Some say Donald Trump Has a Lot In Common with Dictators and Despots: Is That True? The first trailers of Ridley Scott’s upcoming biopic “Napoleon” were released last month – and while the finished product still needs to be seen, it is expected that the reportedly three-hour-long film will chronicle the rise of French military officer turned emperor. Though Scott, who is 85, won’t likely ever make a film about former President Donald Trump and his attempts to overturn the results of the 2020 election to remain in office, it is likely that we can expect such films to head to a theater sooner than later.
Epic Tale in the Making
The story could be just as epic as the upcoming “Napoleon” and possibly as grandiose as other biopics about infamous rulers who went to extreme lengths to cling to power. The parallels between Donald Trump and history’s despots and dictators have come increasingly into focus following the former president’s latest indictment.
“All authoritarian leaders have cults of personality,” Ruth Ben-Ghiat, professor of history at New York University and author of Strongmen: Mussolini to the Present, told NPR on Monday. “Meaning, they propose themselves as all-powerful, as the only solution possible to the nation’s ills. ‘I alone can fix it.'”
She further explained how Trump’s followers can look past the evidence that there was no stolen election and believes that he is the victim of a carefully choreographed effort to commit voter fraud. Part of this effort included demonizing the press – even those news outlets that were once seen as allies – and replacing it with a pro-Trump media network, including a social media platform he controls.
“If you’re looking to see if somebody’s going to be a strongman, what you find is even when they start campaigning, they immediately start trying to turn the public against the press, saying [the press is] biased and that they are the truth teller against the establishment,” added Ben-Ghiat.
Donald Trump Admired Dictators
There is the saying, “Absolute power corrupts absolutely,” but as a billionaire, Donald Trump was someone who came into office wielding enormous power. In fact, it could be argued that the presidency had less power than he was used to having, and that helps explain why he praised such despots as China’s Xi Jinping, North Korea’s Kim Jong Un, Russia’s Vladimir Putin, and even Turkey’s Recep Tayyip Erdogan.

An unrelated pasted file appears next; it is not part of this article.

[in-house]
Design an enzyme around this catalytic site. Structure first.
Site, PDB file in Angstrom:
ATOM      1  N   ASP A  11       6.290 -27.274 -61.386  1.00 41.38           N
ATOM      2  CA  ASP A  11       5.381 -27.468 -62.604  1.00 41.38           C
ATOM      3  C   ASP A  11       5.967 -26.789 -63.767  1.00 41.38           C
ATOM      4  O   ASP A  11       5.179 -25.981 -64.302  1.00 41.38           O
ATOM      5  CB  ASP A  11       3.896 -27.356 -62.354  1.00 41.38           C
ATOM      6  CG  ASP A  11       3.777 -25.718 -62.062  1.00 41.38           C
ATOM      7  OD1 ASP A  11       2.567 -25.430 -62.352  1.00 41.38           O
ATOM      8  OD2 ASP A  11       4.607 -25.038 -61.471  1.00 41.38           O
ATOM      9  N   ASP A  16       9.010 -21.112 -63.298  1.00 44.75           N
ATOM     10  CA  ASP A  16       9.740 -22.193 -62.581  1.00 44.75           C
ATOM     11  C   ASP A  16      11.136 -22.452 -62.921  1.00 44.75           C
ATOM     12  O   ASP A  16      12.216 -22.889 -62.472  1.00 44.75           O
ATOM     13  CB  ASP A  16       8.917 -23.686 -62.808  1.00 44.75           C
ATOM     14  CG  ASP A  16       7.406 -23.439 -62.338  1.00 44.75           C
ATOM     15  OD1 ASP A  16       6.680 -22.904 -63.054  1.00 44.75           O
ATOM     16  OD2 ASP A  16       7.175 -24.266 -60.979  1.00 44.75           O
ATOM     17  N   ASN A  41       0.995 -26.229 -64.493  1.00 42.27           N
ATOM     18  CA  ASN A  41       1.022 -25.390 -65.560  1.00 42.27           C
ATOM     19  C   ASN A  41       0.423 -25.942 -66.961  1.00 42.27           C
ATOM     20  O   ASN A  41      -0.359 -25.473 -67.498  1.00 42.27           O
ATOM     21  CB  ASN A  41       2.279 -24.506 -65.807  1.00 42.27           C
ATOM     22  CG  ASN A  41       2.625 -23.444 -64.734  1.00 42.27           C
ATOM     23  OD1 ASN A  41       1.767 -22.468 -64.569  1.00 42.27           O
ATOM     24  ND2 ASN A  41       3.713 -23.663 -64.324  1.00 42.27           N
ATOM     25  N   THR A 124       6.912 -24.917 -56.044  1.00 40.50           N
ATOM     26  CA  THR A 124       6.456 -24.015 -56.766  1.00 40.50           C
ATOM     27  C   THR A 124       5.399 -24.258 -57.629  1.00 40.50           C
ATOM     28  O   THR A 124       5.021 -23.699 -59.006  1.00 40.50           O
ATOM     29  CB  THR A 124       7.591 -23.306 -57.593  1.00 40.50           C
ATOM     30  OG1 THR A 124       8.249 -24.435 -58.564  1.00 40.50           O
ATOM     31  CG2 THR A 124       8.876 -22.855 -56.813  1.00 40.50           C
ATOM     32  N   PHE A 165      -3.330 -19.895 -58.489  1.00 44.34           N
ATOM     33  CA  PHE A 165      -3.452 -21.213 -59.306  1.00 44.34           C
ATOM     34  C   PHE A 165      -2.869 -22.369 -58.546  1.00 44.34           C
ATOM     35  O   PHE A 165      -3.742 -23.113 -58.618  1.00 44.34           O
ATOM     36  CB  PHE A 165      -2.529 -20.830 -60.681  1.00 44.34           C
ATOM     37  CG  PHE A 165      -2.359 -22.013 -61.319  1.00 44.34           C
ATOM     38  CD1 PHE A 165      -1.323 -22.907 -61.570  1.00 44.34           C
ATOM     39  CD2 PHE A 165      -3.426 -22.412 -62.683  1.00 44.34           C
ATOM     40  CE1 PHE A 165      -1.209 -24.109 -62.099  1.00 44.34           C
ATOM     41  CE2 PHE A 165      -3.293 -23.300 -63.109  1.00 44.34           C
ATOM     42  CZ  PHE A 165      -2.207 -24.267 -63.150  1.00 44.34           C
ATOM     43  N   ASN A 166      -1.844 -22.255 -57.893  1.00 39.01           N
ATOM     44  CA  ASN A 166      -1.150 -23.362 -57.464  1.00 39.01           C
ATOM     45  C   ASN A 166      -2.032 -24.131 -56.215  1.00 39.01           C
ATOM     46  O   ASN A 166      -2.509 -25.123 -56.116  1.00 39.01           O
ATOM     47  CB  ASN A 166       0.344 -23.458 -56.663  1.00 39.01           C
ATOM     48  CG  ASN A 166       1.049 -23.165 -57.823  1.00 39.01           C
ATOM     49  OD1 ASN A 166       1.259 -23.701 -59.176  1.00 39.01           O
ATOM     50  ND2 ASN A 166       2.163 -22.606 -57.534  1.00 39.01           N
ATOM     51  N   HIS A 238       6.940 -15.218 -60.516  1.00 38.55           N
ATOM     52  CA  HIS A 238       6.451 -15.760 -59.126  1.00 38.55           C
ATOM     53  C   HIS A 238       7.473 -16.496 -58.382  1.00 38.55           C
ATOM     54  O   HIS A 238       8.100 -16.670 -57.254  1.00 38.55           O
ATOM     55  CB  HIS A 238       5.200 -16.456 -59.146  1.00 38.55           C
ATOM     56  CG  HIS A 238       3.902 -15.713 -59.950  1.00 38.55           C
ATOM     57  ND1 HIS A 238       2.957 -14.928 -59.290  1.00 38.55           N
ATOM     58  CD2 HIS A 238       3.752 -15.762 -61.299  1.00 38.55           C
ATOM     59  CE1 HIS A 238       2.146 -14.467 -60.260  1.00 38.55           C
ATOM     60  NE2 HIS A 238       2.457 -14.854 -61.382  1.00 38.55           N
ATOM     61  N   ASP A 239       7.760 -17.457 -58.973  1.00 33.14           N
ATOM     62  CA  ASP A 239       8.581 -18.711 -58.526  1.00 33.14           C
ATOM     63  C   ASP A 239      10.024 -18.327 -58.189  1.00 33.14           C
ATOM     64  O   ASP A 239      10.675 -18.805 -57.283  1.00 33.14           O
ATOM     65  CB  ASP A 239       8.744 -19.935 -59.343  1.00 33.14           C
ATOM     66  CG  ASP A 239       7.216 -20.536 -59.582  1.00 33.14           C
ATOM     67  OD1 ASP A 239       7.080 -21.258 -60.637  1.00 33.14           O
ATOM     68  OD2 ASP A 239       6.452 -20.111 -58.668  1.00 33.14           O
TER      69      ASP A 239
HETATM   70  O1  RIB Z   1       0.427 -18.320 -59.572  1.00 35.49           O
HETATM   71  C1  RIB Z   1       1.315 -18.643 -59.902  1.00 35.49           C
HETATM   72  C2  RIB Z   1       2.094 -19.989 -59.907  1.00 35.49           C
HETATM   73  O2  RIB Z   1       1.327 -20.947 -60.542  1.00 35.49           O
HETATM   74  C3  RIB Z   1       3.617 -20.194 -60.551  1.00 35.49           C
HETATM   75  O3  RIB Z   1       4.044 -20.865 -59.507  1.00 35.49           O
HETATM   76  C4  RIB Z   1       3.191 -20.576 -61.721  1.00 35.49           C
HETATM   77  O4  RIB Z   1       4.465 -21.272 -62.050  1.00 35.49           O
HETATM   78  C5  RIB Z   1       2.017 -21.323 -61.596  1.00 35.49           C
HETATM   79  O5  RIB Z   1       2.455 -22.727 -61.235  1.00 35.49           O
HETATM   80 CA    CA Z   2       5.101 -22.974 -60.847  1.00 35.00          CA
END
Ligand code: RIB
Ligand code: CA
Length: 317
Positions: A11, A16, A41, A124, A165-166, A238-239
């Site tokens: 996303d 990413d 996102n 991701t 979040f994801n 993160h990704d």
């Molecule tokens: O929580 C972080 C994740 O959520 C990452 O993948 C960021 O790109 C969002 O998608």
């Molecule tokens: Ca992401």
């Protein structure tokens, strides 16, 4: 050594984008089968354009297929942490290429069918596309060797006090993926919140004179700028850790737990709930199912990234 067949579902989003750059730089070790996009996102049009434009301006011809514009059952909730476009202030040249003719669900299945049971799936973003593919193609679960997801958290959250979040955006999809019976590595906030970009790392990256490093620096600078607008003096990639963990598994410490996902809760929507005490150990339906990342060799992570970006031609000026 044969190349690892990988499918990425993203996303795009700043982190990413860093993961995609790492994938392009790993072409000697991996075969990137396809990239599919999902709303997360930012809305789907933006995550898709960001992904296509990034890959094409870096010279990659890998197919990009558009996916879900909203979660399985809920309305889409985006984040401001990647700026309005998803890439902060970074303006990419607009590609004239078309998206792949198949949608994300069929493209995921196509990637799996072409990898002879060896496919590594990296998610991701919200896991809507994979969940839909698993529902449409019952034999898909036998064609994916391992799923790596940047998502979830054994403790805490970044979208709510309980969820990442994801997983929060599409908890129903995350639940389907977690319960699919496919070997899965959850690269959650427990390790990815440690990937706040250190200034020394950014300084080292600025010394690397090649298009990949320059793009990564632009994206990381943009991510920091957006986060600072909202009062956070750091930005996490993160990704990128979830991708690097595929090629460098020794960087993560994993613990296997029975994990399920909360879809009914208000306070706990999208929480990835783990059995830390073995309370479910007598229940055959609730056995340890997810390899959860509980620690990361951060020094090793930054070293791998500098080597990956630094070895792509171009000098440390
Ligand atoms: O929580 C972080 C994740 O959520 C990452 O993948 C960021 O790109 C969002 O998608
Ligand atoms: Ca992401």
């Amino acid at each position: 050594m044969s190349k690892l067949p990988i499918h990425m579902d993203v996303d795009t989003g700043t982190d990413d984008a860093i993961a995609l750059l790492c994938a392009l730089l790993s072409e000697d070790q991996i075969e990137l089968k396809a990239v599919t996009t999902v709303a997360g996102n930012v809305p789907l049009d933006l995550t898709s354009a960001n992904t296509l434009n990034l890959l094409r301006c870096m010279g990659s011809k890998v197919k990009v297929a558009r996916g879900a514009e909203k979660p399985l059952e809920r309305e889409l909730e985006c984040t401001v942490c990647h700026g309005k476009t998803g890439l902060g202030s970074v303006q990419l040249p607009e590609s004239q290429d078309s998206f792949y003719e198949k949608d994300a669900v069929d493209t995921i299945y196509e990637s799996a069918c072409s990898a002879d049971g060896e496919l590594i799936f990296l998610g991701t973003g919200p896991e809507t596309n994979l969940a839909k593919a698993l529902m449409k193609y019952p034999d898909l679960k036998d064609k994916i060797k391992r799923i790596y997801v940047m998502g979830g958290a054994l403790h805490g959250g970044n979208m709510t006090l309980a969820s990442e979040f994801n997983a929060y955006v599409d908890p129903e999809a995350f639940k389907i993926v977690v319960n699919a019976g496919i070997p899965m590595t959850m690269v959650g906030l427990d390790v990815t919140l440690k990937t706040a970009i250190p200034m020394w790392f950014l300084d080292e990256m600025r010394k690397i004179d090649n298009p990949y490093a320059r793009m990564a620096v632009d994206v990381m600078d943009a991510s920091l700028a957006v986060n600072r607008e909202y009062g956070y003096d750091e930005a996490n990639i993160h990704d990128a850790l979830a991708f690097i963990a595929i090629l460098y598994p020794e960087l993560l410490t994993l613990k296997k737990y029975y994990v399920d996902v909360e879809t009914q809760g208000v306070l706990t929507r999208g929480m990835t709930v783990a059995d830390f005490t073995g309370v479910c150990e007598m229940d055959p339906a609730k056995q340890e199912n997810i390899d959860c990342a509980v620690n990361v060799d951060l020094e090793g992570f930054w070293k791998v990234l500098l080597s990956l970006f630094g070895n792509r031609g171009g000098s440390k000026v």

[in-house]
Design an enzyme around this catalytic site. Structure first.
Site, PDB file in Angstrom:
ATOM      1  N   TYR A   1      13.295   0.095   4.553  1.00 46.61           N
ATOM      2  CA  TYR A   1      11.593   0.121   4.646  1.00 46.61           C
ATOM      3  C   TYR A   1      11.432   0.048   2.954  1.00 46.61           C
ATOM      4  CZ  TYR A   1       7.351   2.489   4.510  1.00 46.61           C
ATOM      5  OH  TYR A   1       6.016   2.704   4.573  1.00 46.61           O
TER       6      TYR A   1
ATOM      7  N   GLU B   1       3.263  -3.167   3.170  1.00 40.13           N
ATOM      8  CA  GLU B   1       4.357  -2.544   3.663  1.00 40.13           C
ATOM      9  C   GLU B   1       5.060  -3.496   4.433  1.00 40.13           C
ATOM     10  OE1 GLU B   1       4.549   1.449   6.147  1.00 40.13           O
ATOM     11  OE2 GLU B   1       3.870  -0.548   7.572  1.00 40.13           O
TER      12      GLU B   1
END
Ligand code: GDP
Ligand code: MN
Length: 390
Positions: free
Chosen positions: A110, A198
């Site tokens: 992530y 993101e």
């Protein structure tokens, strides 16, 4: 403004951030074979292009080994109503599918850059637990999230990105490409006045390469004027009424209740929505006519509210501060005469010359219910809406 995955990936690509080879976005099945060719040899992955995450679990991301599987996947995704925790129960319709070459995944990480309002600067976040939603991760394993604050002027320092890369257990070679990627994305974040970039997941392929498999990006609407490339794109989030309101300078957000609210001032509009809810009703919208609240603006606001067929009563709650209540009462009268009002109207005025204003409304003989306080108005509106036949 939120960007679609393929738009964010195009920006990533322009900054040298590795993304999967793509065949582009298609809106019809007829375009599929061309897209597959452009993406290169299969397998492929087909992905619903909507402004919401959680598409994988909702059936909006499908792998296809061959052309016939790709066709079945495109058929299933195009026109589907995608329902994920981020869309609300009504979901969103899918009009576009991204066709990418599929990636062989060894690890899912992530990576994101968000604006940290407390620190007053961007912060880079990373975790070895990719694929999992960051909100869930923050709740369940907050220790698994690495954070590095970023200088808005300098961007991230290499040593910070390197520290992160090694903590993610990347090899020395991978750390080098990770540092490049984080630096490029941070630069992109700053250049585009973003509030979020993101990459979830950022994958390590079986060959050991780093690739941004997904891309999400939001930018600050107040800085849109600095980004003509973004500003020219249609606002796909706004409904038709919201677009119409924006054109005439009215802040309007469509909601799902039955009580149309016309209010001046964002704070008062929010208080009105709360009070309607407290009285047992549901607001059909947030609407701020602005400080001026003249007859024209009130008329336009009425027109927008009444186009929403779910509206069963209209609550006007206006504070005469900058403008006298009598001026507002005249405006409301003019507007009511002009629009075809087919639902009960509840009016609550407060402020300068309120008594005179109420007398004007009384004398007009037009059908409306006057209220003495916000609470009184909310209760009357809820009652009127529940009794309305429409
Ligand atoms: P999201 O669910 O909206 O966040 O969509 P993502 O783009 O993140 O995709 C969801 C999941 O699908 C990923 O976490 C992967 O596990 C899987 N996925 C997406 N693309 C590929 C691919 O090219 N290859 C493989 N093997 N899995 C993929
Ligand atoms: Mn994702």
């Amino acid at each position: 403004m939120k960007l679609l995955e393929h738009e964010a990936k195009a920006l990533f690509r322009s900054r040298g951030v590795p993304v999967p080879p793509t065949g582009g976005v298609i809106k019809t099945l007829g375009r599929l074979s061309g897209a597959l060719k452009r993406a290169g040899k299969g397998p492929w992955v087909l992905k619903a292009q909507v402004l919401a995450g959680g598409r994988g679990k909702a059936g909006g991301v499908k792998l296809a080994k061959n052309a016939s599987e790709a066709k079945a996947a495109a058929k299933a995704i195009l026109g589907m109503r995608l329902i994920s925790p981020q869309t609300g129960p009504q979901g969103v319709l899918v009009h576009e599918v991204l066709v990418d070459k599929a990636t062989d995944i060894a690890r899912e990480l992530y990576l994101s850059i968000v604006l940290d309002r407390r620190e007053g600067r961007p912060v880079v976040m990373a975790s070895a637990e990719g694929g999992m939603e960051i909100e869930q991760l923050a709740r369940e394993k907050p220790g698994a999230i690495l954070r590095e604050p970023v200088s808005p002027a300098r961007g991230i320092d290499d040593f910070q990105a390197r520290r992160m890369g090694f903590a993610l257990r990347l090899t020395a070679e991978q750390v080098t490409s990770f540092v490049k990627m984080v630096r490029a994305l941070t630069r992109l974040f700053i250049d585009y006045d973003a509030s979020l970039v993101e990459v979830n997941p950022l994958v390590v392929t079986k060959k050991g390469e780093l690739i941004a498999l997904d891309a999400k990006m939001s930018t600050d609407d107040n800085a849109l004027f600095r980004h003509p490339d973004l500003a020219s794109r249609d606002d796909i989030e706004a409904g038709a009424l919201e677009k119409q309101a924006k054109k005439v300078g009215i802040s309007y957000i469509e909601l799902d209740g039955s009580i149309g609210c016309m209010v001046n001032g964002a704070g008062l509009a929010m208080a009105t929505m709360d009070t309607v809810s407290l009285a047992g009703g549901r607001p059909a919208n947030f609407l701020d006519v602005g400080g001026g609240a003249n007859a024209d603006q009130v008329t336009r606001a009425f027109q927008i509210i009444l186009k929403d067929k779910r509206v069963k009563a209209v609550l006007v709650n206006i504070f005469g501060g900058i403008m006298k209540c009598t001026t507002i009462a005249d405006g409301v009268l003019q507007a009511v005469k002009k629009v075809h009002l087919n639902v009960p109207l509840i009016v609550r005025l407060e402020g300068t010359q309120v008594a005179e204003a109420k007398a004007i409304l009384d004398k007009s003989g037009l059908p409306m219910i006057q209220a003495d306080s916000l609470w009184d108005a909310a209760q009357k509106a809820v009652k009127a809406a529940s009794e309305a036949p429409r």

Those men don’t often hear the word “no,” and why Trump would like the power of a dictator. At the same time, Trump often engaged in petty feuds with the leaders of friendly nations, including Canadian Prime Minister Justin Trudeau, whom he called a “far left lunatic,” while he accused French President Emmanuel Macron of being “very insulting.” He even reportedly called then-British Prime Minister Theresa May “a fool” and then-German Chancellor Angela Merkel “stupid” in calls with each of them – and it should be noted, unlike those he praised, these were leaders elected by their respective people.
While Teddy Roosevelt, John F. Kennedy, Ronald Reagan, Bill Clinton, and Barack Obama enjoyed a level of popularity that made them rise above others who held the office, not every president has attained such a level of celebrity; yet, we must remember too that Trump was actually a celebrity with a hit TV series.
That helped him win the White House, but it also convinced him that he was truly special.
Trump’s supporters have also served to bolster his fragile ego, but he is hardly the first American president to be the subject of such adulation. Obama became a pop culture icon – to the point that he was accused at times of acting like a monarch – while he attained adulation from the masses. Before the MAGA flags, there were the flags that replaced the stars on the Old Glory with the portrait of Obama.
Finally, it could be argued that Trump was also the result of Obama’s populism. Obama offered “hope and change” to a segment of the nation that felt left behind, but it in turn knocked another group down. Trump’s MAGA message simply appealed to that group. The election of Trump reportedly shocked Obama as it meant his work wasn’t appreciated, while his legacy was not secure.
In fact, it could have been easy to see how Obama could have become a dictator just as easily as Donald Trump – and perhaps that is what it takes to even consider ever wanting to be president. You need to be chosen, believing only you can fix the problems, and then can’t accept that not everyone will love you and thank you for the job you did.
In Trump’s case, he took it much further and couldn’t accept his 2020 defeat. Such a thing wouldn’t have happened to Kim, Putin, or Xi – and even Erdogan managed to hang on in his most recent election. Meanwhile, Trump is just a former president.
Author Experience and Expertise
A Senior Editor for 19FortyFive, Peter Suciu is a Michigan-based writer. He has contributed to more than four dozen magazines, newspapers, and websites with over 3,200 published pieces over a twenty-year career in journalism. He regularly writes about military hardware, firearms history, cybersecurity, politics, and international affairs. Peter is also a Contributing Writer for Forbes and Clearance Jobs. You can follow him on Twitter: @PeterSuciu.